The Maryland Dual-Eligible Beneficiaries Chart Book provides an overview of Maryland dual-eligible beneficiaries with breakdowns by benefit category, age, race, gender, and county of residence; the cost to Medicare and Medicaid of providing care to this population; and the prevalence and costs of chronic health conditions. The chart book is the most recent edition in Hilltop’s chart book series, which includes publications on Medicaid long-term services and supports in Maryland and Medicaid services for individuals with traumatic brain injury and autism.

Related publications: Maryland Full-Benefit Dual-Eligible Beneficiaries’ Use of Medicare and Medicaid Services Preceding and Following a Medicare Inpatient Stay, An Analysis of Selected Mental Health Conditions among Maryland Full-Benefit Dual-Eligible Beneficiaries, and Characteristics of Maryland Full-Benefit Dual-Eligible Beneficiaries with Three or More Inpatient Stays.

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Hilltop provided this report to the Maryland Dental Action Coalition (MDAC) to examine the cost and policy implications of expanding adult dental coverage under Maryland Medicaid. Currently, Maryland is among 15 states that only cover emergency dental benefits for adults, while 17 states provide limited but broader coverage, and 15 states provide extensive coverage, according to the Center for Health Care Strategies. The only exceptions to this coverage limitation in Maryland are dental services for pregnant women and individuals enrolled in the Rare and Expensive Case Management program.

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On November 6, 2015, Hilltop Hospital Community Benefit Program Director Gayle D. Nelson, JD, MPH, gave this presentation and participated in a panel discussion at a session titled Health and Housing: Collaboration and Innovation at the 2015 National Housing Conference in New Orleans, LA. Nelson gave an overview of hospital community benefits; described how federal and state hospital community benefit laws and regulations can support communities addressing social determinates of health, including housing; and discussed how nonprofit tax-exempt hospitals and community development and affordable housing sectors might collaborate to develop healthy housing and communities.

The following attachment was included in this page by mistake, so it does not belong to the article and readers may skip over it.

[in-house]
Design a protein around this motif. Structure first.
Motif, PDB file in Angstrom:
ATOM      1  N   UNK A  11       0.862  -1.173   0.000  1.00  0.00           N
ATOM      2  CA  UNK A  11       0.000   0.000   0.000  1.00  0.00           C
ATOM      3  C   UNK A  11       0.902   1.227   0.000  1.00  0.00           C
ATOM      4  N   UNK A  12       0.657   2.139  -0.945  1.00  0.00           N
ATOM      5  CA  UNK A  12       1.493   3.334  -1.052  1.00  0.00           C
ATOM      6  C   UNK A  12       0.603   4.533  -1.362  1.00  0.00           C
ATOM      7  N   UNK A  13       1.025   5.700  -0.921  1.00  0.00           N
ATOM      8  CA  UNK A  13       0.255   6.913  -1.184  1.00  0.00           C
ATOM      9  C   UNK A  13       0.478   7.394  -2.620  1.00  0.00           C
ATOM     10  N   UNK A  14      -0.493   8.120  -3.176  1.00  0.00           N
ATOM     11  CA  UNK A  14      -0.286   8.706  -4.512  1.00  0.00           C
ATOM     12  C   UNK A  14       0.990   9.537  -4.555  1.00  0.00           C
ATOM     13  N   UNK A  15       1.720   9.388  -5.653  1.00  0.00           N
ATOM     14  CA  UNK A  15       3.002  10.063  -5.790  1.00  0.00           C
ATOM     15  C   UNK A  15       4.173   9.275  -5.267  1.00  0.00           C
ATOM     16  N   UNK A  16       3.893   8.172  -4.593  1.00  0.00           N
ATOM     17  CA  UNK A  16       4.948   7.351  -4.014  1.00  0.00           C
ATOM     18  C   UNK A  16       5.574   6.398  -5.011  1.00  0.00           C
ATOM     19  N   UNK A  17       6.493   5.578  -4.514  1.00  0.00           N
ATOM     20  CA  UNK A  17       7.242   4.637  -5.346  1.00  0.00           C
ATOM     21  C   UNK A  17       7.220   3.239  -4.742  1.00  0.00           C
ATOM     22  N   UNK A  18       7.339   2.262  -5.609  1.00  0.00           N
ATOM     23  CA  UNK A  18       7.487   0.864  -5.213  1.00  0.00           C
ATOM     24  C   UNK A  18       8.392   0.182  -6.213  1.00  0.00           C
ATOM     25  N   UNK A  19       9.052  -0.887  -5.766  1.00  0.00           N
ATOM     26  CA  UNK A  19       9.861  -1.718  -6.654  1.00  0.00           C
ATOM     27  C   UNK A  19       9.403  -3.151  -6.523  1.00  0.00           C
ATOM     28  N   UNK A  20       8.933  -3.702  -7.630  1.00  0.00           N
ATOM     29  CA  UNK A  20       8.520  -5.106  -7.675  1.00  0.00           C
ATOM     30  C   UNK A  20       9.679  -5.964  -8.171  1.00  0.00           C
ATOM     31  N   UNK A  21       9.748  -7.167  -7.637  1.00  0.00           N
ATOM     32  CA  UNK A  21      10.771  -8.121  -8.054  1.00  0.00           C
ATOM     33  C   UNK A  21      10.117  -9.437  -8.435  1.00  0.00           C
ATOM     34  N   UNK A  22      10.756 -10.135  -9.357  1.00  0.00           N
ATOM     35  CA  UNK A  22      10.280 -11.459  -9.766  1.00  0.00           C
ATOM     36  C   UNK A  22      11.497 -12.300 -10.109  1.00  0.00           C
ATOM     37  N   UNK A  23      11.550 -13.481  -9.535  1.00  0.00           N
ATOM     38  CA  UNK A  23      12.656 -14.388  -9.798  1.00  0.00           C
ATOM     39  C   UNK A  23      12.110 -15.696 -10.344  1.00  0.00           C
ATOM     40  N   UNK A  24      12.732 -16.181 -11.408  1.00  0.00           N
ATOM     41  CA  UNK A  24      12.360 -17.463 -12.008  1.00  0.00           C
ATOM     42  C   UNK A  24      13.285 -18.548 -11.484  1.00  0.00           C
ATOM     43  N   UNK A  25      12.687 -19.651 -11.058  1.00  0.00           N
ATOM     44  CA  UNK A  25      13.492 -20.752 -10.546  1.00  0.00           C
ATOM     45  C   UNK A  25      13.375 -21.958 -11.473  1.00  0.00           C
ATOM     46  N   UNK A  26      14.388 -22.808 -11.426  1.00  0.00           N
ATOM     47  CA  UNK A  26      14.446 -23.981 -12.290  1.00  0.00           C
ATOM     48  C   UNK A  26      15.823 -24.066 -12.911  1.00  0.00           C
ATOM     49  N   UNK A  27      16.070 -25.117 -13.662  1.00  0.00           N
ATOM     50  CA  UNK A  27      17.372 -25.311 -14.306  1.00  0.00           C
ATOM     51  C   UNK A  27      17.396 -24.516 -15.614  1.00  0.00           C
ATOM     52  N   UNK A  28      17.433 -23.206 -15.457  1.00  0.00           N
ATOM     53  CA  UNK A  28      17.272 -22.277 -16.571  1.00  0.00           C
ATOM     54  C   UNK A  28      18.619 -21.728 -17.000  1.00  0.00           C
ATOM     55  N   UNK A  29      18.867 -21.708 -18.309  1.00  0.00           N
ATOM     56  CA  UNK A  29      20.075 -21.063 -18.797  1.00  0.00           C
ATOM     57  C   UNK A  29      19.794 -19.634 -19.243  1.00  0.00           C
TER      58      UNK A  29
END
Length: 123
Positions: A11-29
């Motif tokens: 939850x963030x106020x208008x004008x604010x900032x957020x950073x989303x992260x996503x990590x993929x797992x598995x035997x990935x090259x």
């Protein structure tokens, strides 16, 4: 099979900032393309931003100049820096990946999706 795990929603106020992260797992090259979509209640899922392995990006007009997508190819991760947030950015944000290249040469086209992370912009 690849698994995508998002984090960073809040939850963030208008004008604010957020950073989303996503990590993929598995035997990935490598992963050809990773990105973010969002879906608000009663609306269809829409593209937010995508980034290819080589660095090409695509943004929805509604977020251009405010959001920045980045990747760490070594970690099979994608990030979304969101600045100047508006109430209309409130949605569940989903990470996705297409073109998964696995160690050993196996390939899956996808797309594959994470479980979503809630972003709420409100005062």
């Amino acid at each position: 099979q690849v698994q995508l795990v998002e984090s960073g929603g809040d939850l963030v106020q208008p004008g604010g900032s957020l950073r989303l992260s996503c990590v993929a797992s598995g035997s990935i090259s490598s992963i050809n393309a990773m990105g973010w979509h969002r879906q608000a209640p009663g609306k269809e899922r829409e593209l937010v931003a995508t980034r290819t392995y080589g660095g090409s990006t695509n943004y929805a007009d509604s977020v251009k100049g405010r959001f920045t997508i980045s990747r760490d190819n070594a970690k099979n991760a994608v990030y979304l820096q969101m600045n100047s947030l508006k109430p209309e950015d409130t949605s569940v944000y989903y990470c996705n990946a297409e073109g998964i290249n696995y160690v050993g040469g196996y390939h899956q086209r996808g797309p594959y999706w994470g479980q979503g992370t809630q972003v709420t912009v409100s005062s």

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This issue brief, the twelfth in a series, addresses Hilltop’s latest update of the Community Benefit State Law Profiles to reflect new community benefit legislation enacted between January 1, 2015, and October 31, 2015. Just two states—Connecticut and North Carolina—enacted new community benefit legislation during this time. This brief discusses these changes, as well as community benefit bills in twelve states that were introduced but not enacted in 2015 in order to better understand current trends in legislative action.

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HealthChoice—Maryland’s statewide mandatory Medicaid managed care program—was implemented in 1997 under authority of Section 1115 of the Social Security Act. Since the inception of HealthChoice, the Maryland Department of Health has conducted five comprehensive evaluations of the program as part of the 1115 waiver renewals. Between waiver renewals, the Department completes an annual evaluation for HealthChoice stakeholders. This report is the 2013 annual evaluation of the HealthChoice program.